Lorenzana: South China Sea dispute needs 2-pronged approach


MANILA—The Department of National Defense (DND) on Friday laid out plans to solve the territorial dispute in the South China Sea, saying it is the source of instability and tension in the region.

Defense Secretary Delfin Lorenzana said they are pursuing a 2-pronged approach to assert the Philippines’ claims in the West Philippine Sea, the country’s exclusive economic zone in the South China Sea where China has committed repeated incursions.

On the diplomatic front, Lorenzana named the bilateral consultation mechanism (BCM) that was established during President Rodrigo Duterte’s first state visit to China in 2016.

This will allow the 2 nations to directly and continuously engage with each other, he said in a statement at a forum hosted by the Integrated Bar of the Philippines (IBP).

Under BCM are 4 areas of interest—political and security, oil and gas, fisheries and marine scientific research and marine environment protect—which are handled by technical working groups.

On the domestic front are the internal efforts undertaken by the defense and security sector, such as “enhancing surveillance, enforcement and development capabilities in the West Philippine Sea, Philippine Rise and all maritime domains.”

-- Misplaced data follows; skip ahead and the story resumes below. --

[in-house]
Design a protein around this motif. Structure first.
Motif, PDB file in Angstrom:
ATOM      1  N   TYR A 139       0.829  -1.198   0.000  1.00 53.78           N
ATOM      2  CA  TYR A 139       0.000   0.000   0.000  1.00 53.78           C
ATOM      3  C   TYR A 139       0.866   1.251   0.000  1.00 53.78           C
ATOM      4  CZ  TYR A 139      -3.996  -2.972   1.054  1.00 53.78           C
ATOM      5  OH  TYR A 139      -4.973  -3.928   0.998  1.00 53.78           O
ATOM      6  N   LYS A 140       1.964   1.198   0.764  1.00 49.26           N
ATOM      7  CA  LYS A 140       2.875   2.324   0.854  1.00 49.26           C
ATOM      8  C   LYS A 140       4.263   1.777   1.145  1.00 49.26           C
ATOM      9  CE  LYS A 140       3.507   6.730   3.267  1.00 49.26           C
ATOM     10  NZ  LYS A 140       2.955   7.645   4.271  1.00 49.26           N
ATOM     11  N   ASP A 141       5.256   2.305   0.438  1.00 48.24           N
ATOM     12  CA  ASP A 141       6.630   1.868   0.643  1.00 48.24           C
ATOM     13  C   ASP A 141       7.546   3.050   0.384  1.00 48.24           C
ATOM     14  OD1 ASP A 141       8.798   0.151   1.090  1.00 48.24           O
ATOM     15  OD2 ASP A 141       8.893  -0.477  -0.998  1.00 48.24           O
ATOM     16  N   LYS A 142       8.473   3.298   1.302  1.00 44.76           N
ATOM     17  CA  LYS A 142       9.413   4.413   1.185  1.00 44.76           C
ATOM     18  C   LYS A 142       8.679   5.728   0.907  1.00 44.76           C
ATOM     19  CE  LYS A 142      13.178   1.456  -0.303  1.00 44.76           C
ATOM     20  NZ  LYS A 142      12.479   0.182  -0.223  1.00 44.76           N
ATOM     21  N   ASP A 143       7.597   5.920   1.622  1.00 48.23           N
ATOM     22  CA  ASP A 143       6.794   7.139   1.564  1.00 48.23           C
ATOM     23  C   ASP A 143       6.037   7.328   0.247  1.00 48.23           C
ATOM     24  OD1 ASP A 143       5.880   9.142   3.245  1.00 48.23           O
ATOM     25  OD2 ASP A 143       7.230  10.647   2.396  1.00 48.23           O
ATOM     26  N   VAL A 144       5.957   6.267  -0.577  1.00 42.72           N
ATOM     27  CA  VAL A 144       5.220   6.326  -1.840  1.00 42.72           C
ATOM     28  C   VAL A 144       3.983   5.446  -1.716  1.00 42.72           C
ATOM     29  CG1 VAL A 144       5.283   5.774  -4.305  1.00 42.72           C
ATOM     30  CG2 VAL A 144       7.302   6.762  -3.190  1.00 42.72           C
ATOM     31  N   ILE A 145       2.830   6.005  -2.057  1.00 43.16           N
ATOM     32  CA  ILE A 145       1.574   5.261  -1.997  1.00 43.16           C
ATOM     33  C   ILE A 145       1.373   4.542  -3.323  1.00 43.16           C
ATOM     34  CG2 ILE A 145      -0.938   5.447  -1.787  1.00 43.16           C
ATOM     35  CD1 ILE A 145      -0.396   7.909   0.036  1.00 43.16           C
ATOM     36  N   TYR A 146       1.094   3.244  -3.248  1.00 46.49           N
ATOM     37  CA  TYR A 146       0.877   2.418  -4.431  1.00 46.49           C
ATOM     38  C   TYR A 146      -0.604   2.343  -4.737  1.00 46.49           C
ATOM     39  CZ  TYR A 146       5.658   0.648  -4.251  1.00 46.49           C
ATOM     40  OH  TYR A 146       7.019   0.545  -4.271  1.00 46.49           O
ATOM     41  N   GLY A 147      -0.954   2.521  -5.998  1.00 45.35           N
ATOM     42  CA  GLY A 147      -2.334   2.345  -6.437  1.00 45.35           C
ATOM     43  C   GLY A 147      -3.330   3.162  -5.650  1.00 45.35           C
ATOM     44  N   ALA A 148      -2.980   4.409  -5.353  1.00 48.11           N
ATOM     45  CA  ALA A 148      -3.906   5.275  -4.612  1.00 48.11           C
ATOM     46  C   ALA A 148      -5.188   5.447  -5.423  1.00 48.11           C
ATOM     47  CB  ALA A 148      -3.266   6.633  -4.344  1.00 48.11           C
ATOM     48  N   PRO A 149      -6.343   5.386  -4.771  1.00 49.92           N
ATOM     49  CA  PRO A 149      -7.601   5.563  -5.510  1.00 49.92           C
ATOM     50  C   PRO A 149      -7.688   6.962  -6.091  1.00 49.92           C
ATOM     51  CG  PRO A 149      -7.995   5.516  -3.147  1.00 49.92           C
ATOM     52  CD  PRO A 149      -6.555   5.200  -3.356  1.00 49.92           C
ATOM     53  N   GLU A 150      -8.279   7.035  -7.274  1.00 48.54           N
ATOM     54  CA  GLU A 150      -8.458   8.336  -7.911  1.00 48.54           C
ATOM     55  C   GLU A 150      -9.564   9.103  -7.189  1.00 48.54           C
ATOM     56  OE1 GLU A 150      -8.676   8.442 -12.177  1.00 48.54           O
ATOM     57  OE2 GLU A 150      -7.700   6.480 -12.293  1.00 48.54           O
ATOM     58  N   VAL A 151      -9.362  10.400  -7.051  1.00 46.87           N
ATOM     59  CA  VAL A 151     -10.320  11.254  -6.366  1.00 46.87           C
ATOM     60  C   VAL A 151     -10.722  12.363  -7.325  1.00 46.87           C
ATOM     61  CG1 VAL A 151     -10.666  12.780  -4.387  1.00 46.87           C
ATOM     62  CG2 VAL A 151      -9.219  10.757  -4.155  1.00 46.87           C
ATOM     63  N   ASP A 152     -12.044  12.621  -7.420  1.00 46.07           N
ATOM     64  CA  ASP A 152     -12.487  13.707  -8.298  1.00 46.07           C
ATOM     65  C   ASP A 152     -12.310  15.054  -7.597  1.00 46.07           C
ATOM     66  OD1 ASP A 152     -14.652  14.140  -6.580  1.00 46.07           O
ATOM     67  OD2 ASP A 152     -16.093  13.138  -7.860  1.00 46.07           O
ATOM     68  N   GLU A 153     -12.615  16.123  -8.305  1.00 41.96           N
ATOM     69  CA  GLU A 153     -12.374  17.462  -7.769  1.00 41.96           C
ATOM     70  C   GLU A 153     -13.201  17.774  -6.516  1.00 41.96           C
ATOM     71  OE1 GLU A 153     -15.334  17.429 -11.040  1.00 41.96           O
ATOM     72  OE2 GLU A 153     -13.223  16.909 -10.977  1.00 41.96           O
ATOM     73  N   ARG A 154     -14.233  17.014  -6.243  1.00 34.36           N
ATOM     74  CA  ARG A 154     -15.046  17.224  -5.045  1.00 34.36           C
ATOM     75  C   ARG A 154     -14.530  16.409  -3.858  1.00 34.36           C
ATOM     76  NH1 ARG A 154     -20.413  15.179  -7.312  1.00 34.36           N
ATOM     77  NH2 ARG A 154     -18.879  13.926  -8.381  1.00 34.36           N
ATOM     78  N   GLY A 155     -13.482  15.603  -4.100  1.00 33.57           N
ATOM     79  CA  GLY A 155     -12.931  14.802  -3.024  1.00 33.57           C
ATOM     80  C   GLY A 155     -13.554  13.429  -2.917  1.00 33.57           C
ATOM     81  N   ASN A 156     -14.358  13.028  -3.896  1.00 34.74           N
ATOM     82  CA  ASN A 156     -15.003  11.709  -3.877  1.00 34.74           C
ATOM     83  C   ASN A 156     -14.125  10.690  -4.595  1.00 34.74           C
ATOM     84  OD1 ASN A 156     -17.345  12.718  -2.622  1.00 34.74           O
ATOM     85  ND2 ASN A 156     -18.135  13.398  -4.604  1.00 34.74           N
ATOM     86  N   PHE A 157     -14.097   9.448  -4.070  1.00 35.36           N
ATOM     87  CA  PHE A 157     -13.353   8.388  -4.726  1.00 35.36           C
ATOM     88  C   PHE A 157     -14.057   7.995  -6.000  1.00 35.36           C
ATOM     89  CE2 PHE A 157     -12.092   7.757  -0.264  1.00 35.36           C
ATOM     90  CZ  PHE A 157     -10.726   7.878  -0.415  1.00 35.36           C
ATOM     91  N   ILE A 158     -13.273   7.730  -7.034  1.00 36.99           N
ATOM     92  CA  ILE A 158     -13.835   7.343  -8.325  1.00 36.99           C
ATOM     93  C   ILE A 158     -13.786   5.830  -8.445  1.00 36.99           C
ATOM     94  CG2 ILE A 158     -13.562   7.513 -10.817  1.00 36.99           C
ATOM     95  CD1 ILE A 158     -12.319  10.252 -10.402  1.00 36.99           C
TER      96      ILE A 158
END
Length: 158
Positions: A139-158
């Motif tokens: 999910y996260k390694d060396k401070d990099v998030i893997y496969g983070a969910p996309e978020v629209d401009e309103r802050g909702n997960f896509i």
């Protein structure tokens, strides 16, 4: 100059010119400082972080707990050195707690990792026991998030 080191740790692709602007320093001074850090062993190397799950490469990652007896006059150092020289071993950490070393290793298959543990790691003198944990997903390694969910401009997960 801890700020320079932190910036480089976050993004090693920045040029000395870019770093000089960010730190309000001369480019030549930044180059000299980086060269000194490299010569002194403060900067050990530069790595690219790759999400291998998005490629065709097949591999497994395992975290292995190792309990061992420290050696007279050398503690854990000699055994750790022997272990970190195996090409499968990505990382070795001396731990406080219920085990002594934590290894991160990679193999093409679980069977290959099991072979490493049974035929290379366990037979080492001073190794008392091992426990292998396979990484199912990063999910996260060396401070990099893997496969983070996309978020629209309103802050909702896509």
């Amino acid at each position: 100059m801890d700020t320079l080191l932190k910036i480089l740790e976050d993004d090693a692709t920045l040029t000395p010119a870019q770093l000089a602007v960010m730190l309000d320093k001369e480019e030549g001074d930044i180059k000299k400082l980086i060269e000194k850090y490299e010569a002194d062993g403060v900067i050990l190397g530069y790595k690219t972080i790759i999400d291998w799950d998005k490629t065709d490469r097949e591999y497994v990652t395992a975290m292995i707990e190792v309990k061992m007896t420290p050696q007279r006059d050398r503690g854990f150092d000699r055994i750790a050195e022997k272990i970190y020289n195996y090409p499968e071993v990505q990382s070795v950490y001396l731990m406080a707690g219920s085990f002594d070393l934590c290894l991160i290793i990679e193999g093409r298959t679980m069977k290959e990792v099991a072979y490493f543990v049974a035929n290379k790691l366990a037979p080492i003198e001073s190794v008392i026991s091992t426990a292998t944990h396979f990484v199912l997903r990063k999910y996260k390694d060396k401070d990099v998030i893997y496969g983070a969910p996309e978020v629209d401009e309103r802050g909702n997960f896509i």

These surveillance capabilities will enable the country to file diplomatic protests in the event of unlawful action, Lorenzana said.

Law enforcement agencies, like the Philippine Coast Guard (PCG), Philippine maritime police and Bureau of Fisheries and Aquatic Resources (BFAR), must also be modernized.

The national task force for the West Philippine Sea, led by National Security Adviser Hermogenes Esperon, is pushing legislators to increase the Philippine defense budget to 2 percent of the gross domestic product (GDP), he said.

“As of the moment, a large portion of the defense budget goes to payment of salaries of soldiers and civilian employees, as well as pensions for war veterans, retirees and dependents,” Lorenzana said.


Lorenzana also said the conflict in the West Philippine Sea remains significant even if China has not built any military facilities in the Philippine territory.

“There remains a valid security threat arising from China’s reclamation activities in the area, which infringes upon our sovereign rights and jurisdiction over our exclusive economic zone,” he said.

Freedom of navigation operations, which the United States and Western states have been exercising, are also at risk, Lorenza said.

“If China continues to militarize its reclaimed facilities in the area, it will have the capability to deter peaceful passage,” he said.

He also reiterated that the Philippines’ arbitral victory at the Permanent Court of Arbitration in The Hague is “final and binding despite china’s non-acceptance, non-recognition, and non-participation.”